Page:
Authors: Vedaa Ø, Pallesen S, Waage S, Bjorvatn B, Sivertsen B, Erevik E, Svensen E, Harris A
Occup Environ Med. 2017 Jul;74(7):496-501
OBJECTIVES: The purpose of this study was to use objective registry data to prospectively investigate the effects of quick returns (QR, <11â hours of rest between shifts) and night shifts on sick leave.
METHODS: A total of 1538 nurses (response rate =41.5%) answered questionnaires on demographics and personality and provided consent to link this information to registry data on shift work and sick leave from employers' records. A multilevel negative binomial model was used to investigate the predictive effect of exposure to night shifts and QR every month for 1â year, on sick leave the following month.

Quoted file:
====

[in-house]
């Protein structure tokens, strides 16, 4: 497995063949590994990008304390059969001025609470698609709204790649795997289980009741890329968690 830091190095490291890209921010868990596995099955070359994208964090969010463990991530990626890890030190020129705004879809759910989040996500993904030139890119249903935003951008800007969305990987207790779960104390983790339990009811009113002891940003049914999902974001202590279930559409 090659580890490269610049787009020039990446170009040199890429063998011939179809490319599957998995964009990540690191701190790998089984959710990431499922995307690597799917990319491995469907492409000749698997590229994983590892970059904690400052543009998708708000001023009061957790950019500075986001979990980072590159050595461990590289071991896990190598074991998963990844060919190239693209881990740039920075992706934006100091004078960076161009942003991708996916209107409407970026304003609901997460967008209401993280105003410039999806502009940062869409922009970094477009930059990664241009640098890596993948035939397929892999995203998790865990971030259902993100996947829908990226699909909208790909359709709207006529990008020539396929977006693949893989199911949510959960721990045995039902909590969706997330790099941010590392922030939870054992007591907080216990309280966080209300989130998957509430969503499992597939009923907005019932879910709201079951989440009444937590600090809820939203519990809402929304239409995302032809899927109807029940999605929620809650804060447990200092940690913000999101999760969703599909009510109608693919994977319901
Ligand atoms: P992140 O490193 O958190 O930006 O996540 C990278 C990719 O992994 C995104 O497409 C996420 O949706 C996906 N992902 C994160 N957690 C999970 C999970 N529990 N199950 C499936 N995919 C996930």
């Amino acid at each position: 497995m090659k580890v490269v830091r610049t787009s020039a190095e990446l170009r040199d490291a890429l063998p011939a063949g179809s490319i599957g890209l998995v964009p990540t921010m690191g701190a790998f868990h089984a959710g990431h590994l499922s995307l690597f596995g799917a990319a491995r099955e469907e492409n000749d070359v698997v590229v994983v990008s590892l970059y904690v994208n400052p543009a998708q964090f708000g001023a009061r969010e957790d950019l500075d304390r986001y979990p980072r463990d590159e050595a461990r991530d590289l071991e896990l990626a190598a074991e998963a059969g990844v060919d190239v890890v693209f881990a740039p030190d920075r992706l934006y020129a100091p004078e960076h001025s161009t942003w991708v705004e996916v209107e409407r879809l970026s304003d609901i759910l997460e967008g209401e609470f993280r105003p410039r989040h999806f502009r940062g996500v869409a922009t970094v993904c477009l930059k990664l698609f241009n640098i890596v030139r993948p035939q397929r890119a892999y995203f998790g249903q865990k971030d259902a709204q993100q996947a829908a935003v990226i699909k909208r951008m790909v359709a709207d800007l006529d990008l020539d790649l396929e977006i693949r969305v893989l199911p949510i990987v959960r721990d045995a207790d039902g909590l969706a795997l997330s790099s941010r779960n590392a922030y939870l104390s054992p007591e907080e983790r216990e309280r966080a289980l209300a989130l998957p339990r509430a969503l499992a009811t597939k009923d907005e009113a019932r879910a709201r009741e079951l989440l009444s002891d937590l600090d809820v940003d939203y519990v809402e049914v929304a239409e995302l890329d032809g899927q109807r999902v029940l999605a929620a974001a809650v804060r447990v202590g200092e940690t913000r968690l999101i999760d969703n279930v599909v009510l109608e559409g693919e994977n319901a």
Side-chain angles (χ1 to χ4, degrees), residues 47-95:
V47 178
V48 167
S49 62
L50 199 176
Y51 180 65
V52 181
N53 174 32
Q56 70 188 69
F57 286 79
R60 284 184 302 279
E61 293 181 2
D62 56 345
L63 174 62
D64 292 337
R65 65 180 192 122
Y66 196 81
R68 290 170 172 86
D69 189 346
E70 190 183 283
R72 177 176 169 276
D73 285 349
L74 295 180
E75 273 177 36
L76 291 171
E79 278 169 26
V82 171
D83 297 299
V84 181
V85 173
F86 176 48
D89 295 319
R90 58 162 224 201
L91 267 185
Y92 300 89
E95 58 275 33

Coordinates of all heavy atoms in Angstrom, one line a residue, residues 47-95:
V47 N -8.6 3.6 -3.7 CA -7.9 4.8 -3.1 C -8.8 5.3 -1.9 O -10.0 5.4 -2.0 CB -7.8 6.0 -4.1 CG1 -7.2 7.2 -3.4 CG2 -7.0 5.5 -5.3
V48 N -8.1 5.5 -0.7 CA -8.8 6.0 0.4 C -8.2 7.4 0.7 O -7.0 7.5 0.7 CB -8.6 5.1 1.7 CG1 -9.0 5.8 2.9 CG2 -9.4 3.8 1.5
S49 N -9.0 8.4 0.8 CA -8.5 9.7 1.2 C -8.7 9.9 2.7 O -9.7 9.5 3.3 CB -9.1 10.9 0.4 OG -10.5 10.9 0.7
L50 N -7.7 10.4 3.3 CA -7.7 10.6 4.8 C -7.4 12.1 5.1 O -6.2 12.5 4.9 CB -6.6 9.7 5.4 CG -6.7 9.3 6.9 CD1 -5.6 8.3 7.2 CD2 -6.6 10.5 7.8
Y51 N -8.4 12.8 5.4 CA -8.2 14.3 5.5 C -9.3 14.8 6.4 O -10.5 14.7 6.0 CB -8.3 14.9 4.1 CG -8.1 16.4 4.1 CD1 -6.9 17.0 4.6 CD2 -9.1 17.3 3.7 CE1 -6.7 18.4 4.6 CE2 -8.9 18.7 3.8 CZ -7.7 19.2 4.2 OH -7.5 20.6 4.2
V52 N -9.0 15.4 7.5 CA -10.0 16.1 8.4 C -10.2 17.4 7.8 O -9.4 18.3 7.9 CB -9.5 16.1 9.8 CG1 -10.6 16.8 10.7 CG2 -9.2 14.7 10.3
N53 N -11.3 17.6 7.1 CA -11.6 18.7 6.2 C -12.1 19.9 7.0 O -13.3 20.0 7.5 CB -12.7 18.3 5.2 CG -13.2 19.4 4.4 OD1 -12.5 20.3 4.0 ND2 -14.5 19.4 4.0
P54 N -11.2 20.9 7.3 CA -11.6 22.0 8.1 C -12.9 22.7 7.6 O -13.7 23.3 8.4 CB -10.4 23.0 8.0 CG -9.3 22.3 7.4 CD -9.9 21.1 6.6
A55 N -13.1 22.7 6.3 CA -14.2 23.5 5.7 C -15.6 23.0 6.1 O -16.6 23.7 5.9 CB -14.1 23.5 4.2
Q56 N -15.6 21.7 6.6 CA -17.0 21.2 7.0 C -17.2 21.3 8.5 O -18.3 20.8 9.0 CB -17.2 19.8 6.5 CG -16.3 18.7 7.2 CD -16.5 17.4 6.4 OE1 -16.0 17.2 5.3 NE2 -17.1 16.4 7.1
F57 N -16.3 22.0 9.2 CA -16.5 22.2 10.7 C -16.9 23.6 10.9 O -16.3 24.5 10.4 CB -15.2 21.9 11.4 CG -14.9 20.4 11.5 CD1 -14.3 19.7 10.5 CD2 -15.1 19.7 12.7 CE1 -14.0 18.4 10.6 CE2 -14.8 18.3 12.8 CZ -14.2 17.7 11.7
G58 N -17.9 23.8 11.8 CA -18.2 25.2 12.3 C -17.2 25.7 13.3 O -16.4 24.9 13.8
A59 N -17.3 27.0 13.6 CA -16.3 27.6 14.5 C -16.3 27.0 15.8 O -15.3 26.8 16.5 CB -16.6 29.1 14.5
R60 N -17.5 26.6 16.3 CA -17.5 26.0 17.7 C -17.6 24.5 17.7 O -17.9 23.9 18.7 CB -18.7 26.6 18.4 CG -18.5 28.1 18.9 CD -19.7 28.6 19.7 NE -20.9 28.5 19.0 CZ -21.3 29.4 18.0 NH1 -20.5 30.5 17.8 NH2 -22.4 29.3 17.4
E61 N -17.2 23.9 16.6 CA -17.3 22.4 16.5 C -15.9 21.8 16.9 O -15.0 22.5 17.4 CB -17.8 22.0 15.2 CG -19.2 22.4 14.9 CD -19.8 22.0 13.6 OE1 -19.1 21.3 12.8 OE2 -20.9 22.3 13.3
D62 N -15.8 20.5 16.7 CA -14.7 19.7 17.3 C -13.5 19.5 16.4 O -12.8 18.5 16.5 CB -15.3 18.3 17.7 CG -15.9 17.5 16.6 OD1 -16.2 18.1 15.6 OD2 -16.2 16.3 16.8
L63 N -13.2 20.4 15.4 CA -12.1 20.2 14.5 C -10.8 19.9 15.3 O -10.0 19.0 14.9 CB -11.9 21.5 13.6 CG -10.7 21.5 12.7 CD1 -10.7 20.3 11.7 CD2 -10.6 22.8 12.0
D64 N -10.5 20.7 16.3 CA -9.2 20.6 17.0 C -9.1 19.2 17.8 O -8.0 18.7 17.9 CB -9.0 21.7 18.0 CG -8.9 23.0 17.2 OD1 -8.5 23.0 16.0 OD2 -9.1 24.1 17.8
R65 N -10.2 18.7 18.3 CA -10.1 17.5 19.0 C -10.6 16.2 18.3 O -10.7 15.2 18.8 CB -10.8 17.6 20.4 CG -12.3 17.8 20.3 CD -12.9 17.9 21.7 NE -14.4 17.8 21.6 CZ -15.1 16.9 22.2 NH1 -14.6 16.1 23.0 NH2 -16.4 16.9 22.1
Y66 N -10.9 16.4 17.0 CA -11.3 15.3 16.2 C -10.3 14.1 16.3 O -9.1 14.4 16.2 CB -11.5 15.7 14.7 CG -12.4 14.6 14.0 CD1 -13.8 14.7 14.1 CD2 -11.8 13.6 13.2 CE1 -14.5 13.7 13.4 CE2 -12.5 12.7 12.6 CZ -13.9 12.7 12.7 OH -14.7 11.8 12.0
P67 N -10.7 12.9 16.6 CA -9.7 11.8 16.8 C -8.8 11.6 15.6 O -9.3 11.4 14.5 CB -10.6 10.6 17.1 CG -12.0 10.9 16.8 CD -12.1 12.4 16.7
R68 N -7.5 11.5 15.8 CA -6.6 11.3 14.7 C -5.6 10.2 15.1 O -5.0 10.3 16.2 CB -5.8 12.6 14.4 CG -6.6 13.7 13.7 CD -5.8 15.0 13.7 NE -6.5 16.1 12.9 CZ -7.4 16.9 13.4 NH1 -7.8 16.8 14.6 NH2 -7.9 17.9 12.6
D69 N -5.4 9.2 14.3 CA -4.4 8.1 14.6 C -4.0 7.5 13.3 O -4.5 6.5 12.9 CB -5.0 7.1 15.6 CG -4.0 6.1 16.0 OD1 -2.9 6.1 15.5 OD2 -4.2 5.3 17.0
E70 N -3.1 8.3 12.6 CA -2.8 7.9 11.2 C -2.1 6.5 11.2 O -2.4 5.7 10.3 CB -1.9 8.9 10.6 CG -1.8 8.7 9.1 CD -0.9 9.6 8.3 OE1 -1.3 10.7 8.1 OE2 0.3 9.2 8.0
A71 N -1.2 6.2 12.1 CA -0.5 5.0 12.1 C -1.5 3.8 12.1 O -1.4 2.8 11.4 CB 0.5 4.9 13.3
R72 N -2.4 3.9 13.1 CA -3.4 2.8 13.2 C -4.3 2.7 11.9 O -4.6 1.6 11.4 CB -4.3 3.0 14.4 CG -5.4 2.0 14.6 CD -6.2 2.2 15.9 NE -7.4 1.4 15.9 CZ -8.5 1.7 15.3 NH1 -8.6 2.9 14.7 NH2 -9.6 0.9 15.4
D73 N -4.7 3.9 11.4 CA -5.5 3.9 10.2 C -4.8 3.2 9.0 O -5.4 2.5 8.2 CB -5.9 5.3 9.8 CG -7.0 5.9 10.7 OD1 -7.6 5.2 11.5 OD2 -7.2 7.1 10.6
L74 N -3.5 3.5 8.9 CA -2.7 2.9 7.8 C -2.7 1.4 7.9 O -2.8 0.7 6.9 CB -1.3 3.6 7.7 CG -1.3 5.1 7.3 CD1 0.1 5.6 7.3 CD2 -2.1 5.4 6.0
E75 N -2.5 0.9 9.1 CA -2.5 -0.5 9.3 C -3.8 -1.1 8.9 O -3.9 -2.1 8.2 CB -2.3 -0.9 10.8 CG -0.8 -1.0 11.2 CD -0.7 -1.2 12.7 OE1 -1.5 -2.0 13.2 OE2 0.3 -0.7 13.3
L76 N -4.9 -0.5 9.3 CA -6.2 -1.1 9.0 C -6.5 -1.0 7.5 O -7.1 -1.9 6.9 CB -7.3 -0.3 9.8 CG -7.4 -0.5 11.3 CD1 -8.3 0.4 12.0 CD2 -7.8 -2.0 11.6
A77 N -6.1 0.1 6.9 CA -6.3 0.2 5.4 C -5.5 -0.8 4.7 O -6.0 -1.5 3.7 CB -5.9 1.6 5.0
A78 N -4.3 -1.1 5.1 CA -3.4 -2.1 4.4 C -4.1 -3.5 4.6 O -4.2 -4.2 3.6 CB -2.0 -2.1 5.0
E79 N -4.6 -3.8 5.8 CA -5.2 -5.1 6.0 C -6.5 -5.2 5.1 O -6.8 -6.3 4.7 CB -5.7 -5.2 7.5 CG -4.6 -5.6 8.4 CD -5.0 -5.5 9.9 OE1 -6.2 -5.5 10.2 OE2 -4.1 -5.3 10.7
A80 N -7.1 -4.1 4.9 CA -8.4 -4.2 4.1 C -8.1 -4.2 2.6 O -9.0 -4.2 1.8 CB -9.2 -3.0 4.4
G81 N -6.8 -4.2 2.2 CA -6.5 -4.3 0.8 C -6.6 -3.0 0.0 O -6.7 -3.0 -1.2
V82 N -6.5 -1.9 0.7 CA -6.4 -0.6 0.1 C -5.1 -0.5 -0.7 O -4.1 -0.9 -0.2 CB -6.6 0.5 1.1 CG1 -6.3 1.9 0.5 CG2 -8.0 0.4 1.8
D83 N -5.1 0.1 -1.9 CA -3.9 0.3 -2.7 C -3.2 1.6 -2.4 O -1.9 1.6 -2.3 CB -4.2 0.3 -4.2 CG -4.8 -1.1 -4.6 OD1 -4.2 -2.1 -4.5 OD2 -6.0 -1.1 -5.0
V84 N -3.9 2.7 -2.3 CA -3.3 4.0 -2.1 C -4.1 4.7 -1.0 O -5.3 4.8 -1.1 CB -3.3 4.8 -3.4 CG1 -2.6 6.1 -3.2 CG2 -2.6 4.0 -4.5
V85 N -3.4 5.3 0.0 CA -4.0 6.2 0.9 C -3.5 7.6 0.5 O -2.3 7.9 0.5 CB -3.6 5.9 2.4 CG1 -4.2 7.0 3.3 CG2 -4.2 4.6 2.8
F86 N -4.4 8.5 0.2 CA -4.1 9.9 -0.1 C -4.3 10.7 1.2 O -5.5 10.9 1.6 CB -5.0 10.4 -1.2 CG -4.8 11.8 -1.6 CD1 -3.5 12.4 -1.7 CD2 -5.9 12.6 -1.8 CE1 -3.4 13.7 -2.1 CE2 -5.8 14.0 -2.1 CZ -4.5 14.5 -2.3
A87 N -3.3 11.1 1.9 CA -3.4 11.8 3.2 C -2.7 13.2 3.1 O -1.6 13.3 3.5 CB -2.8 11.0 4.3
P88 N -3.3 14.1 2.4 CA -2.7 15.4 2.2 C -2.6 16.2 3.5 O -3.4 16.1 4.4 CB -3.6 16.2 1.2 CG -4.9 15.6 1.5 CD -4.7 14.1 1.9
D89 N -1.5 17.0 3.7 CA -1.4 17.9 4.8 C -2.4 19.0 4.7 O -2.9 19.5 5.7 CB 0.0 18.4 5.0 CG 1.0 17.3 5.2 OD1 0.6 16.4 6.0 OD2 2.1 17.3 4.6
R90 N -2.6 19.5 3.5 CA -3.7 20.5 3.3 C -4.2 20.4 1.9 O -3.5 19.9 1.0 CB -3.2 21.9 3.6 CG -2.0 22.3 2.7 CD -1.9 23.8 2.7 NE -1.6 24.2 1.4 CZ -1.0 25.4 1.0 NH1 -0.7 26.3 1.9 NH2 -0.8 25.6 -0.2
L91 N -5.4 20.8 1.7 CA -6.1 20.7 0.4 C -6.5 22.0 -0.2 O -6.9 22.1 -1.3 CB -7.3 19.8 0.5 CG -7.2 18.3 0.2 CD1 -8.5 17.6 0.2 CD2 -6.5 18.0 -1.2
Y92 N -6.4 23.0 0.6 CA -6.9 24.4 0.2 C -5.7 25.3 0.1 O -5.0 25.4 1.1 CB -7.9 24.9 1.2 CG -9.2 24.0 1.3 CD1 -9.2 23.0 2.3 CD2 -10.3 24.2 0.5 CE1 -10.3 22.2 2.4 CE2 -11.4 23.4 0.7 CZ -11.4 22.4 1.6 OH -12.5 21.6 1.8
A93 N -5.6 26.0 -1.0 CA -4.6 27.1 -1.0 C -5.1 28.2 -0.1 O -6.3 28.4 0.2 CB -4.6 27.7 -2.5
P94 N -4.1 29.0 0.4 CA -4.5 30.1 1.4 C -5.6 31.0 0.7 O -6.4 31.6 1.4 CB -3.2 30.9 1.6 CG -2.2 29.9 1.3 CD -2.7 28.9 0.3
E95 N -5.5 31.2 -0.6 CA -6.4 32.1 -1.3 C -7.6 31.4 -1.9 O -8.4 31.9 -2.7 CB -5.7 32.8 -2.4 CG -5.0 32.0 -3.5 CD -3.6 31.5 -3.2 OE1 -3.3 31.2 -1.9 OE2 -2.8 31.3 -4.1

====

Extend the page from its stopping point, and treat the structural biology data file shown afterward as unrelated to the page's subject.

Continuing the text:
RESULTS: Exposure to QR the previous month increased the risk for sick leave days (incidence rate ratio (IRR)=1.066, 95% CI 1.022 to 1.108, p<0.01) and sick leave spells (IRR=1.059, 95% CI 1.025 to 1.097, p<0.001) the following month, whereas night shifts did not. 83% per cent of the nurses experienced QR within a year, and on average they were exposed to 3.0 QR per month (SD=1.6). Personality characteristics associated with shift work tolerance (low on morningness, low on languidity and high on flexibility) were not associated with sick leave, and did not moderate the relationship between QR and sick leave.
CONCLUSIONS: We found a positive linear relationship between QR and sick leave. Avoiding QR may help reduce workers' sick leave. The restricted recovery opportunity associated with QR may give little room for beneficial effects of individual characteristics usually associated with shift work tolerance.